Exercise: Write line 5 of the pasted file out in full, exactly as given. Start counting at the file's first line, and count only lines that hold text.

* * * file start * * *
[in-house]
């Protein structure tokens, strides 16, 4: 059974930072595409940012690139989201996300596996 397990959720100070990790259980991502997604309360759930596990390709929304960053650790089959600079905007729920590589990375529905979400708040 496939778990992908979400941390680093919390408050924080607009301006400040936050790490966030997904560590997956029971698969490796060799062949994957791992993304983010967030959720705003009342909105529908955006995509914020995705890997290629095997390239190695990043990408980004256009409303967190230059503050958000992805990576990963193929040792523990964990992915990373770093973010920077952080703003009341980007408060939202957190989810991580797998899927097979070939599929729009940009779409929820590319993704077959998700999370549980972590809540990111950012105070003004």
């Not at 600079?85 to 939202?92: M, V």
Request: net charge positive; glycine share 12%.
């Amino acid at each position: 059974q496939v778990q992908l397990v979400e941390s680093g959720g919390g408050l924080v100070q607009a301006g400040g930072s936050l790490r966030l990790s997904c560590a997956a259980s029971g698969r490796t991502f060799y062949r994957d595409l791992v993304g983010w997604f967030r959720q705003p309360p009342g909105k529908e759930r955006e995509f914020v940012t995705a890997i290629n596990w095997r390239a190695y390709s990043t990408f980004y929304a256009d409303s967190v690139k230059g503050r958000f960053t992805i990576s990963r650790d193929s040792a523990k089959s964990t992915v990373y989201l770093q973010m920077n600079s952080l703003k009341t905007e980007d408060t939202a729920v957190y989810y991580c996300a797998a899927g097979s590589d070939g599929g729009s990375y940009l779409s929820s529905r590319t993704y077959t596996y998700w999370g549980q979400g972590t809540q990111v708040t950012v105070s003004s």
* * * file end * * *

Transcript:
């Amino acid at each position: 059974q496939v778990q992908l397990v979400e941390s680093g959720g919390g408050l924080v100070q607009a301006g400040g930072s936050l790490r966030l990790s997904c560590a997956a259980s029971g698969r490796t991502f060799y062949r994957d595409l791992v993304g983010w997604f967030r959720q705003p309360p009342g909105k529908e759930r955006e995509f914020v940012t995705a890997i290629n596990w095997r390239a190695y390709s990043t990408f980004y929304a256009d409303s967190v690139k230059g503050r958000f960053t992805i990576s990963r650790d193929s040792a523990k089959s964990t992915v990373y989201l770093q973010m920077n600079s952080l703003k009341t905007e980007d408060t939202a729920v957190y989810y991580c996300a797998a899927g097979s590589d070939g599929g729009s990375y940009l779409s929820s529905r590319t993704y077959t596996y998700w999370g549980q979400g972590t809540q990111v708040t950012v105070s003004s």